CedarglenThis very unique vessel has a very interesting history. She was built by Schlieker-Werft of Hamburg, Germany as the saltwater freighter Ems Ore. Here is an interesting extract from http://boatnerd.com written by George Wharton: “Of note early in the history of the Ems Ore, on October 1st, 1966 while sailing off the English coast, 3 drunken sailors attempted a mutiny and tried to destroy the ship with an axe and hammers. They were subdued and arrested.” Well luckily the Ems Ore survived that! In 1976 Hall Corporation of Canada purchased the vessel and she was rebuilt at Davie Shipbuilding of Lauzon, Quebec as a 730′ long bulk carrier. The ship finally began trading for Halco in 1979 as Montcliffe Hall. Hall disbanded in 1988, and theĀ Montcliffe HallĀ went to N.M. Paterson and Sons, who renamed the ship Cartierdoc. She was one of the final three vessels in operation for Paterson when that company also ended its marine operations. Canada Steamship Lines purchased the veteran ex-saltie and renamed her Cedarglen.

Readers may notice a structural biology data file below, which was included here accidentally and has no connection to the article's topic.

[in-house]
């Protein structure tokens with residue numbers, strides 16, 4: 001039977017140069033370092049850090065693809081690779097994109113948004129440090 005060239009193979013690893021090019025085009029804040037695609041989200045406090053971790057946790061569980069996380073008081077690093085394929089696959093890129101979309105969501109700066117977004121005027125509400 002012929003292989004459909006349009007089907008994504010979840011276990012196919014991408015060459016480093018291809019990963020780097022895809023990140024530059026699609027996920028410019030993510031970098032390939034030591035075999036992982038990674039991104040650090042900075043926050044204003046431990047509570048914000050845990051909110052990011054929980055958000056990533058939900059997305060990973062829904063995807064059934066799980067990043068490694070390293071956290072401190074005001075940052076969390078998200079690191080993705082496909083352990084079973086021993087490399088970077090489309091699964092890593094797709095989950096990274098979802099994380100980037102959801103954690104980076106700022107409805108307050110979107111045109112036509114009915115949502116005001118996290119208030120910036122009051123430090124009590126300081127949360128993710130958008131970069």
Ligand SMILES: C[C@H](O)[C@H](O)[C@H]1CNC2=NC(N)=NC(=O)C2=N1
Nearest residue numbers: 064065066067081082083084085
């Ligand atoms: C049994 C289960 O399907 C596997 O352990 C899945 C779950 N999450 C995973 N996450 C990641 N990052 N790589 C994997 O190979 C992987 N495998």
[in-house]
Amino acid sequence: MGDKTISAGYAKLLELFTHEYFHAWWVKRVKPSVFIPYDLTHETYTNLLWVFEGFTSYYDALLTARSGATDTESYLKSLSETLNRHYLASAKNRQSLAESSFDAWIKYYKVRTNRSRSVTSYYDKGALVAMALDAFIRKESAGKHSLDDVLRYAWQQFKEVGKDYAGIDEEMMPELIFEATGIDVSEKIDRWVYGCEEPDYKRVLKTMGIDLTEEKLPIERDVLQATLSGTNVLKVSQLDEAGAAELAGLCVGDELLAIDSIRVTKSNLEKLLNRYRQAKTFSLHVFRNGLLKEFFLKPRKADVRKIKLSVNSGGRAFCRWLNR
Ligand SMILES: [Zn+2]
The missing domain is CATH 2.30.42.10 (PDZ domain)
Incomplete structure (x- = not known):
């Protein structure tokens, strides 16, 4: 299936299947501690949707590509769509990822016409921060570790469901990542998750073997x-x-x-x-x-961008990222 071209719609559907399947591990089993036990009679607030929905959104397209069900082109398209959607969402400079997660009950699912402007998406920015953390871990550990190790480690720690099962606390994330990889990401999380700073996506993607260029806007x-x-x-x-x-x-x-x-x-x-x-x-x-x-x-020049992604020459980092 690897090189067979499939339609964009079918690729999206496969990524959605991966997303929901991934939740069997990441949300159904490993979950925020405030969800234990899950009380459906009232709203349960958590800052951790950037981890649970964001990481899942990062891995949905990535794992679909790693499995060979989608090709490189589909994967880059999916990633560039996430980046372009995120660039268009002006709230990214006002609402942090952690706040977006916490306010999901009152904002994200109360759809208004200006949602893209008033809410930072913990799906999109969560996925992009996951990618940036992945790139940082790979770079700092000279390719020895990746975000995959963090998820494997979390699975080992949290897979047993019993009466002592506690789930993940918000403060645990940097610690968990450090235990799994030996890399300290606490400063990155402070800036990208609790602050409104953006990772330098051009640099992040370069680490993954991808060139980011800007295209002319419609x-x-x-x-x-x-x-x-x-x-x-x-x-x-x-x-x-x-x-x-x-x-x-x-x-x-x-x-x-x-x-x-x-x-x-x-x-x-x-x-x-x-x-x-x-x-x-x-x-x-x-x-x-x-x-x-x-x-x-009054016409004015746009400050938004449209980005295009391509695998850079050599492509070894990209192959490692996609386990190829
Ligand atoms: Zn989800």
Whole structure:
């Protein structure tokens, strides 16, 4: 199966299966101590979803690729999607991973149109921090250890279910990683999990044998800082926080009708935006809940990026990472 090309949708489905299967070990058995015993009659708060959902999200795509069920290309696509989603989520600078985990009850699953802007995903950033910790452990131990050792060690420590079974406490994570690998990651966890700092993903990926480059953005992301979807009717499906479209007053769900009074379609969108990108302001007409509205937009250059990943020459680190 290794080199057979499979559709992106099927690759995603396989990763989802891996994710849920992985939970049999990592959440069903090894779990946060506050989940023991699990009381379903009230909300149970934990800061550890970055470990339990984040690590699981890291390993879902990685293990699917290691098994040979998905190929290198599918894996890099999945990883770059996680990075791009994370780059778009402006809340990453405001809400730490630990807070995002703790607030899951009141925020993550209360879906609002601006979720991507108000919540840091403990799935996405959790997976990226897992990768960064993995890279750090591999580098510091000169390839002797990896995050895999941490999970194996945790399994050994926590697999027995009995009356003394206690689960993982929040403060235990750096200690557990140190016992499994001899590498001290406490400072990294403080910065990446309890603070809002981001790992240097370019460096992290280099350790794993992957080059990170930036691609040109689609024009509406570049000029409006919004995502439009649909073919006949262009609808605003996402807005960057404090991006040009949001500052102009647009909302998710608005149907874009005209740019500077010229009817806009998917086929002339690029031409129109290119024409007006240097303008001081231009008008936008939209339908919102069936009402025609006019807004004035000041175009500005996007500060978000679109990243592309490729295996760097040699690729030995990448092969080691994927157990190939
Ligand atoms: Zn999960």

CedarglenThe last boat standing out of three sisters, the Cedarglen lives with the ghost of those vessels, both of whom lost their original cabins to fire. Currently she is the only CSL ship still wearing black, and works in the grain and ore trades. How much longer she will be around is a question, as she is technically the oldest ship in the fleet (although her cargo section wasn’t built until her conversion to a laker in the late 70s). One of the better-looking stern-enders on the Lakes, hopefully she will be around for several more years still.


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